Responding to Authentic Learning Isn’t More Common

Thank you, Jim, for your thought provoking response to the question of “Why isn’t authentic learning more common?” with your post “Authentic Learning Isn’t More Common – Because It’s Too Common?” (10/10/13). 

I agree with your conclusion that people (and we as educators) don’t know what “authentic learning” really is. We can come up with a common definition, we have models (some really great ones were shared this week) which are a sliding scale/continuum of elements, but when we come down to it “authentic learning” means different things to different people. Something authentic to me, may not be for you.

You stated, “Perhaps a better way to approach authentic learning is to say that it’s an attitude toward teaching that makes the most of the instructional environment to simulate real-world conditions.” and I agree, but would like to add that perhaps it should involve more than attitude. Shouldn’t authentic learning be a movement in teaching where the instructional environment approaches real-world conditions? Just a thought…

Moving Toward Authentic Learning

I enjoyed reading Marilyn Lombardi’s “Authentic Learning for the 21st Century: An Overview”. I thought it was very well written and agreed with the points she made in the article. One question she raised toward the end of the article is “Why isn’t authentic learning more common?” She goes on to state “The reliance on traditional instruction is not simply a choice made by individual faculty – students often prefer it”. If students prefer traditional instruction, what are key motivators that would encourage faculty to move toward authentic learning? How do we foster an environment where authentic learning is the norm?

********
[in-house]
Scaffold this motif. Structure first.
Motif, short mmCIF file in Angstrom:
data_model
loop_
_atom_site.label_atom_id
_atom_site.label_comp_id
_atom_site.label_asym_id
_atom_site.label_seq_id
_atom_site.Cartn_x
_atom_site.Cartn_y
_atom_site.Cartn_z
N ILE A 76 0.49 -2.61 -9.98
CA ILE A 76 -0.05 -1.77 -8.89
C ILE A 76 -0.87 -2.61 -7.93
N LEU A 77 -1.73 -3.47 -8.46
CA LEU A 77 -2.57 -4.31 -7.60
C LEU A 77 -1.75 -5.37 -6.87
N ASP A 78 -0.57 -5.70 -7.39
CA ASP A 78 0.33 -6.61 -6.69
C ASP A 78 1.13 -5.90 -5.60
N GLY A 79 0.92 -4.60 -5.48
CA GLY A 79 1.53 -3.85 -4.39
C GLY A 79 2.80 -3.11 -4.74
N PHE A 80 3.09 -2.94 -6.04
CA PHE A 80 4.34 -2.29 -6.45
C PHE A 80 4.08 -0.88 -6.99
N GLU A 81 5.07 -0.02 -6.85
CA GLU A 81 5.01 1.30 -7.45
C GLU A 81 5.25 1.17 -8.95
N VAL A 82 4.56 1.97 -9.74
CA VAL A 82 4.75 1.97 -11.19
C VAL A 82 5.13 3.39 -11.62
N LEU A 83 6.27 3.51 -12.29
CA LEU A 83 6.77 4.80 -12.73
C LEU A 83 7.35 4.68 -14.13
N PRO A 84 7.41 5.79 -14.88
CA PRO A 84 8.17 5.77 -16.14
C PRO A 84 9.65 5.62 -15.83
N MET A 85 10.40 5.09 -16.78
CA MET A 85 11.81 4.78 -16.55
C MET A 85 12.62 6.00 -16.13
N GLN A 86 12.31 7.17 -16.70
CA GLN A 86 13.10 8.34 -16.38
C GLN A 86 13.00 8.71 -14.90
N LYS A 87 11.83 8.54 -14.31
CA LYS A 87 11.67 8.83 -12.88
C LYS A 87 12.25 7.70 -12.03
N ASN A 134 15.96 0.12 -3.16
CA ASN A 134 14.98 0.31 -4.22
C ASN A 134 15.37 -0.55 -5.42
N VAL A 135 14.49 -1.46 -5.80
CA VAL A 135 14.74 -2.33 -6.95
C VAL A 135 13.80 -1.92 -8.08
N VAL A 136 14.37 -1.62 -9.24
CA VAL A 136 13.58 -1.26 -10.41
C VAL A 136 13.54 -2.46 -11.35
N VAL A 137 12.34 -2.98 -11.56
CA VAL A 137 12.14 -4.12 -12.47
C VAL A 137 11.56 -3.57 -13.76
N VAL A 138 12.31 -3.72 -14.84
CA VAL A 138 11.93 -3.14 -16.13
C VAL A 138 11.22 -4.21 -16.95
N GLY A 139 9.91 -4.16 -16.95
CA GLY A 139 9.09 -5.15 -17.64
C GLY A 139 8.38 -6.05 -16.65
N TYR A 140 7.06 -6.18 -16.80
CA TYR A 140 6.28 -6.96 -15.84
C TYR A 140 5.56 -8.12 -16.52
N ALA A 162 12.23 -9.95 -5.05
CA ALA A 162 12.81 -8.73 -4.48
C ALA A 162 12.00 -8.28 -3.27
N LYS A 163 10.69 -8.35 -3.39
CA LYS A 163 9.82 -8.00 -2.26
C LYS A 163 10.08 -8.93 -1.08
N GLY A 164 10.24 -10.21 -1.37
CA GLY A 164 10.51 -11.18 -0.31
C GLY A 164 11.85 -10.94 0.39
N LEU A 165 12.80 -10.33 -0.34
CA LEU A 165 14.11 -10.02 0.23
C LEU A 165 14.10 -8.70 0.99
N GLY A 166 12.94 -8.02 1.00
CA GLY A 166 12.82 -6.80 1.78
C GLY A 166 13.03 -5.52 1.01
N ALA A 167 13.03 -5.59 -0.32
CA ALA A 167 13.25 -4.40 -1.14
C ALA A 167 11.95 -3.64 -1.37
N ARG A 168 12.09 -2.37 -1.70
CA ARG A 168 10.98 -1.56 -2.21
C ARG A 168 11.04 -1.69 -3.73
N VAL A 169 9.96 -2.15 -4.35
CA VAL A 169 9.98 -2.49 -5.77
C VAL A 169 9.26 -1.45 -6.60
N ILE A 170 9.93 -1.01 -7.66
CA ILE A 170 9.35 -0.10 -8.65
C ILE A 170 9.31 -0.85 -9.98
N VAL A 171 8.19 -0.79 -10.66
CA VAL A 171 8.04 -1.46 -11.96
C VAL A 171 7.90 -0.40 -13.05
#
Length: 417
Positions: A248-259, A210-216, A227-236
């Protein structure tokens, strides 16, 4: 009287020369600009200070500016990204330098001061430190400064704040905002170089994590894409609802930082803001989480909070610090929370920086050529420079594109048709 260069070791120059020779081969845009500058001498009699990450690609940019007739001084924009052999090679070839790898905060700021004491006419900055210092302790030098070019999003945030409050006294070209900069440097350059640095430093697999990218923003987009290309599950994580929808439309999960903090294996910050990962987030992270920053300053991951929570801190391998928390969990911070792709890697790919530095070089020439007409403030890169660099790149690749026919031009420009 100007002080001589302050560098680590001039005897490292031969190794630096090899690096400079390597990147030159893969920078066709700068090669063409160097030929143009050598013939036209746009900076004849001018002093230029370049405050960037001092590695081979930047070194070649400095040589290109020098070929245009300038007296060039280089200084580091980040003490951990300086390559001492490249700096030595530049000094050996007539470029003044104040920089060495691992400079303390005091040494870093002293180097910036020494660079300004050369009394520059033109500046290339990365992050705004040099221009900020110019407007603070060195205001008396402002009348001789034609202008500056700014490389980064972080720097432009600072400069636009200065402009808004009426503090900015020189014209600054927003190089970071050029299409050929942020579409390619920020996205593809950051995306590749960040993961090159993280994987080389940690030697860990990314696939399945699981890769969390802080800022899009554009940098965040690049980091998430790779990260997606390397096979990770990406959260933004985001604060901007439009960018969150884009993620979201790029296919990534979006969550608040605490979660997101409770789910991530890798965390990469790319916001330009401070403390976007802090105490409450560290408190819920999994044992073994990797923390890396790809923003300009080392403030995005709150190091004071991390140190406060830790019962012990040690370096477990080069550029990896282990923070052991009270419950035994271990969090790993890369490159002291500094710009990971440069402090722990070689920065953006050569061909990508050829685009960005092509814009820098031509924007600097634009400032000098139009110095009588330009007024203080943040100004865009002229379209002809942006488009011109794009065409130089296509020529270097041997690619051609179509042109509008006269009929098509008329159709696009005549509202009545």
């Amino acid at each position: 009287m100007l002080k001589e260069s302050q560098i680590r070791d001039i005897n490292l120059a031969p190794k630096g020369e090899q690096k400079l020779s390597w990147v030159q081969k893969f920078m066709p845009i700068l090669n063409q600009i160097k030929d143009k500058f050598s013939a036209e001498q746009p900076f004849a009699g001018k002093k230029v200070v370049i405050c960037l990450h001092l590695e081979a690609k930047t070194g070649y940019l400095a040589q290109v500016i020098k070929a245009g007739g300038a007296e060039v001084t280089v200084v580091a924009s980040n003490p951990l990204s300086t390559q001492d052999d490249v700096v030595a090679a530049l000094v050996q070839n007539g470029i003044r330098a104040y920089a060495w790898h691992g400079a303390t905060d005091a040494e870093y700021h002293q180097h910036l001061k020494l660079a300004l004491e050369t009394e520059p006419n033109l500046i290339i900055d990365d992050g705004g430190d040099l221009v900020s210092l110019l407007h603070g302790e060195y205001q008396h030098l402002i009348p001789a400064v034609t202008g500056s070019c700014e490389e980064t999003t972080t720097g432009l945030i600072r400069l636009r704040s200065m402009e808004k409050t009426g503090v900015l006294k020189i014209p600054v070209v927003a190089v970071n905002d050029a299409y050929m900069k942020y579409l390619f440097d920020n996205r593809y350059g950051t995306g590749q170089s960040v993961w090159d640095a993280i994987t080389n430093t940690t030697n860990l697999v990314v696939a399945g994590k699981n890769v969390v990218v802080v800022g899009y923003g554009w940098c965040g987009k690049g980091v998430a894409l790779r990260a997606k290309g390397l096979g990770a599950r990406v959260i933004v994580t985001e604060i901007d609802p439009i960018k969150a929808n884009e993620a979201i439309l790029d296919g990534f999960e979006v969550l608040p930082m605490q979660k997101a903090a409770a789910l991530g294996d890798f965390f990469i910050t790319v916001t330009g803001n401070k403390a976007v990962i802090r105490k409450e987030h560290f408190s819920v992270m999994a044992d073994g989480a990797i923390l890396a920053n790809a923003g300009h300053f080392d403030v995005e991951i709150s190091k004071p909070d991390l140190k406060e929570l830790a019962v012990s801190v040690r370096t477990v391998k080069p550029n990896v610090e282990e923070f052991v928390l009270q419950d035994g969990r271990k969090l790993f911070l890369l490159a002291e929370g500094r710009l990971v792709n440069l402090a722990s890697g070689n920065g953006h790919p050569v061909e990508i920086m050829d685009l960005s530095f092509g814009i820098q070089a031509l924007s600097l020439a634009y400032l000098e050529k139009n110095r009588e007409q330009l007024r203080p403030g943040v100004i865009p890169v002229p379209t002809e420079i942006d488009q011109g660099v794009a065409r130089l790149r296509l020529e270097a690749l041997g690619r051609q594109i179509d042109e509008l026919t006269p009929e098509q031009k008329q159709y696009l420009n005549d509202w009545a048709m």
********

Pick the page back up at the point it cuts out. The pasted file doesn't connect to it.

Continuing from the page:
Making Sense of Connecting with Learners and Creating Community

I fell behind with creating my artifacts for the MOOC, but have been reading through the resources, viewing the webinars, and reading the discussion posting. I have tried to apply some of what I have learned by modifying the online course I teach. Here are a few things I have done and why.

  1. Getting Started Module – I revised my Getting Started Module. Although I had one before, I revised it with clearer prompts – What you should do first, what you should do next, when is the first assignment due, etc. Although all the information is in the course syllabus, I wrote it out clearly in the Getting Started Module. I revised this as a result of taking a step back and deciding how I wanted to teach this online course -part of Tony Bates’ webinar and 9 Steps to Quality Online Learning. I also read what others do to “orient” students to their courses and found some great ideas in the discussion posting.
  2. Technology In This Class – I created a new page with all of the technologies we use in the course on a single page. This page has video tutorials, resources, and links to tech support. In the past, I had the technology listed in my course syllabus and throughout the course modules, but now it is all in one place. I created this as a result of what Dr. Melissa Kaulbach said during a webinar that she is not tech support to all of her students. At times, I tried to be, but found that it was frustrating for both the student and me. It is much better to provide resources to the student and have them contact tech support to work out their computer problems.